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captivate

[kap-tuh-veyt] /ˈkæp təˌveɪt/
verb (used with object), captivated, captivating.
1.
to attract and hold the attention or interest of, as by beauty or excellence; enchant:
Her blue eyes and red hair captivated him.
2.
Obsolete. to capture; subjugate.
Origin
1520-1530
1520-30; < Late Latin captīvātus (past participle of captīvāre to take captive), equivalent to Latin captīv(us) captive + -ātus -ate1
Related forms
captivatingly, adverb
captivation, noun
captivative, adjective
captivator, noun
uncaptivated, adjective
uncaptivating, adjective
uncaptivative, adjective
Synonyms
1. fascinate, bewitch, charm. 2. subdue.
Dictionary.com Unabridged
Based on the Random House Dictionary, © Random House, Inc. 2014.
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Examples from the web for captivates
  • But what really captivates is that bag darting up and down and back and forth.
  • Bright red captivates and immediately catches the eye.
  • The heroine's charm captivates for a while, but one false step and she will be cruelly cast aside.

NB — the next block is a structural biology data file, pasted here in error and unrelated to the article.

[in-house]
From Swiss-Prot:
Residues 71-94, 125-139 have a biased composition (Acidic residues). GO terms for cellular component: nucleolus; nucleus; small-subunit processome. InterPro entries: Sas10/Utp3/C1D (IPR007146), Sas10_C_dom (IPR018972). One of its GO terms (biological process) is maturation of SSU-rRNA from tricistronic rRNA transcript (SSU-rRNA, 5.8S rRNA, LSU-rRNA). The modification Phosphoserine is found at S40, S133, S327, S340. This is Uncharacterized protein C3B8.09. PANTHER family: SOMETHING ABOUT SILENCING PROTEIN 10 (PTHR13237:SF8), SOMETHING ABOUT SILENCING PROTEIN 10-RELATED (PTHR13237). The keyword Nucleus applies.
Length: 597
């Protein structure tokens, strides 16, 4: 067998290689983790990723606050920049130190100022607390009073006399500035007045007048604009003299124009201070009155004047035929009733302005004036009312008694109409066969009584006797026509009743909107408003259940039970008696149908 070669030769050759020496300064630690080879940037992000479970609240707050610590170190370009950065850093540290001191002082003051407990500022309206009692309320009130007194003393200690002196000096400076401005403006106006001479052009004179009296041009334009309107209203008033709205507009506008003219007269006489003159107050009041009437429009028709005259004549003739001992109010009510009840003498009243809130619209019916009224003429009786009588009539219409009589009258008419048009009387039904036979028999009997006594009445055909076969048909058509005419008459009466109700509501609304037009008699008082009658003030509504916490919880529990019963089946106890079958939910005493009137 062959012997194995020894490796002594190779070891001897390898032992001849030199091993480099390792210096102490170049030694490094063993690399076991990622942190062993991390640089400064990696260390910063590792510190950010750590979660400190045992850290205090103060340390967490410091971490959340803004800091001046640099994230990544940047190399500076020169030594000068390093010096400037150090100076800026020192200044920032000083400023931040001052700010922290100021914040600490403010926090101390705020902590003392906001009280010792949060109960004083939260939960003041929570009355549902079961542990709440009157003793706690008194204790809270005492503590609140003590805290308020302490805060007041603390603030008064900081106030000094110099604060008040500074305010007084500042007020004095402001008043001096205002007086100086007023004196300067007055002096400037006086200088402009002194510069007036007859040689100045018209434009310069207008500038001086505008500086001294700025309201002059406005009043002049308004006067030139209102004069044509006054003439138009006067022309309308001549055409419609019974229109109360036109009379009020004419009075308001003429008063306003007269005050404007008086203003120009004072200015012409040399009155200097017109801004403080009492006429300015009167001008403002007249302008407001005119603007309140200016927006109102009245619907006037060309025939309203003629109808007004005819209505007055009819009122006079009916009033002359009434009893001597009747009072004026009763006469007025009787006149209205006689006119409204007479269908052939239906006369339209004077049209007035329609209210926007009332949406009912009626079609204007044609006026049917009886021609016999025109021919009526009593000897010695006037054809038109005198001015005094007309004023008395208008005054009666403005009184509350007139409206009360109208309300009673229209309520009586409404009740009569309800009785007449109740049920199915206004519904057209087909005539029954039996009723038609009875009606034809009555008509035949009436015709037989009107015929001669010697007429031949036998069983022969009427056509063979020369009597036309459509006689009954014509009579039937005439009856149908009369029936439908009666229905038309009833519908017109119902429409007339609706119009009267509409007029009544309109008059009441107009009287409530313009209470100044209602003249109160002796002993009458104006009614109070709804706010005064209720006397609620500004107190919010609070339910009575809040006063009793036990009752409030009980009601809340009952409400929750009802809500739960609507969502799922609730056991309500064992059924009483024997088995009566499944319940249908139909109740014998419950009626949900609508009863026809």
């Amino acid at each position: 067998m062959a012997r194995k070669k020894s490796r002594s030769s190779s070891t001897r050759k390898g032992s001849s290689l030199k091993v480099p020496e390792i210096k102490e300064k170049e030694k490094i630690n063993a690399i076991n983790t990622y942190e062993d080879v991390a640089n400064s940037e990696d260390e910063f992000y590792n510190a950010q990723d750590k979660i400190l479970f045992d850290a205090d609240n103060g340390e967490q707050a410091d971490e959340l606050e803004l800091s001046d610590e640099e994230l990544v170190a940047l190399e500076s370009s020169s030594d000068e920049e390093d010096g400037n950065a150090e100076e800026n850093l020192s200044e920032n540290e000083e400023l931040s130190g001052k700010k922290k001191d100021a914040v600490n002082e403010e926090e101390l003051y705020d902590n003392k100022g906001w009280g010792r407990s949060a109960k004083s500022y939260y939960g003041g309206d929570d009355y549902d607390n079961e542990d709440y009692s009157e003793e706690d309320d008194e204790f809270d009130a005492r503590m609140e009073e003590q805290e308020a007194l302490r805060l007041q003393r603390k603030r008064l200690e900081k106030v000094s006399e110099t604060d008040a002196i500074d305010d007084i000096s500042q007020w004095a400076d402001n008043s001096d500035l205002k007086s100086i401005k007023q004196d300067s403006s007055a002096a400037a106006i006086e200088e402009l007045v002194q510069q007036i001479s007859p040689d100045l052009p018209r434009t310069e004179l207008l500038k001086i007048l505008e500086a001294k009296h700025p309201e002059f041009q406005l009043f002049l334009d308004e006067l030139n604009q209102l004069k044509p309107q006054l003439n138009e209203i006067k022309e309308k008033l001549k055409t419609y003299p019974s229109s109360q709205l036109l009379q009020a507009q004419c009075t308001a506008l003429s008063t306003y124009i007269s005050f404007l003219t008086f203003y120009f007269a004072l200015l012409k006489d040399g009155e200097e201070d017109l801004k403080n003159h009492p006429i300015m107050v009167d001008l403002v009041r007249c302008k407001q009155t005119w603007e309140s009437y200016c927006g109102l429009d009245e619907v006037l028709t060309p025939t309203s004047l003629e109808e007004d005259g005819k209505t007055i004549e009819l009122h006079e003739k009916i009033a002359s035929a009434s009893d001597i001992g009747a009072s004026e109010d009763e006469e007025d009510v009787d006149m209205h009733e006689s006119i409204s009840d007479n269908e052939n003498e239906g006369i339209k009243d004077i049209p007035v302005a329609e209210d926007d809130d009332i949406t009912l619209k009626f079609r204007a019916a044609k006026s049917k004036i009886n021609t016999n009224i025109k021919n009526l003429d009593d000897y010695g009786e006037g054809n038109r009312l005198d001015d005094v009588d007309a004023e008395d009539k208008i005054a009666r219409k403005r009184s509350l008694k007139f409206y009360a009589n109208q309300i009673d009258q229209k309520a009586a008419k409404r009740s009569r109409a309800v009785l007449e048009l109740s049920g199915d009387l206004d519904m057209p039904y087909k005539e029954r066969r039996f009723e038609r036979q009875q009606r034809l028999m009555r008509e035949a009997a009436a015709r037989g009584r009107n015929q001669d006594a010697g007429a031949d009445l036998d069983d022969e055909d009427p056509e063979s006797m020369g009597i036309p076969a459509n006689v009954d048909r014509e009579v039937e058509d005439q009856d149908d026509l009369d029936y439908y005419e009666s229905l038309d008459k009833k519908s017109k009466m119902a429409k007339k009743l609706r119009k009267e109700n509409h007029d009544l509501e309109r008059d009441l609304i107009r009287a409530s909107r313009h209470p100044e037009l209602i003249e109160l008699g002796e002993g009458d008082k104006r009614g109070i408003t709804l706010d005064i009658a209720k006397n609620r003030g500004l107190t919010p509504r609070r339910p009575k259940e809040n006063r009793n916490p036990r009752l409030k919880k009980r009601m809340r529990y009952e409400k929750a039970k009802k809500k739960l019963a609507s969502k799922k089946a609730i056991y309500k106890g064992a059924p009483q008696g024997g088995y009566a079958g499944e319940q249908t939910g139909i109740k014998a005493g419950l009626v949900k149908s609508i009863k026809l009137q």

• The big question that captivates me concerns our ability to generate self-destructive perturbations.
  • It is sheer sound, not style, that captivates us here.
  • His signature style captivates us on magazine covers, ad campaigns, sauntering down red carpets and stalking the catwalks.
  • There's something about live jazz music that captivates people.
  • From the coast to the high sierra, this region captivates longtime residents and newcomers alike.
  • Parade organizers have worked all summer to plan an event that captivates the magic of the holiday season.
  • The online protein folding game captivates thousands of avid players worldwide.
British Dictionary definitions for captivates

captivate

/ˈkæptɪˌveɪt/
verb (transitive)
1.
to hold the attention of by fascinating; enchant
2.
an obsolete word for capture
Derived Forms
captivatingly, adverb
captivation, noun
captivator, noun
Word Origin
C16: from Late Latin captivāre, from captīvuscaptive
Collins English Dictionary - Complete & Unabridged 2012 Digital Edition
© William Collins Sons & Co. Ltd. 1979, 1986 © HarperCollins
Publishers 1998, 2000, 2003, 2005, 2006, 2007, 2009, 2012
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Word Origin and History for captivates

captivate

v.

1520s, "to enthrall with charm," from Late Latin captivatus, past participle of captivare "to take, capture," from captivus (see captive). Literal sense (1550s) is rare or obsolete in English, which uses capture (q.v.). Latin captare "to take, hold" also had a transferred sense of "to entice, entrap, allure." Related: Captivated; captivating; captivatingly.

Online Etymology Dictionary, © 2010 Douglas Harper
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17
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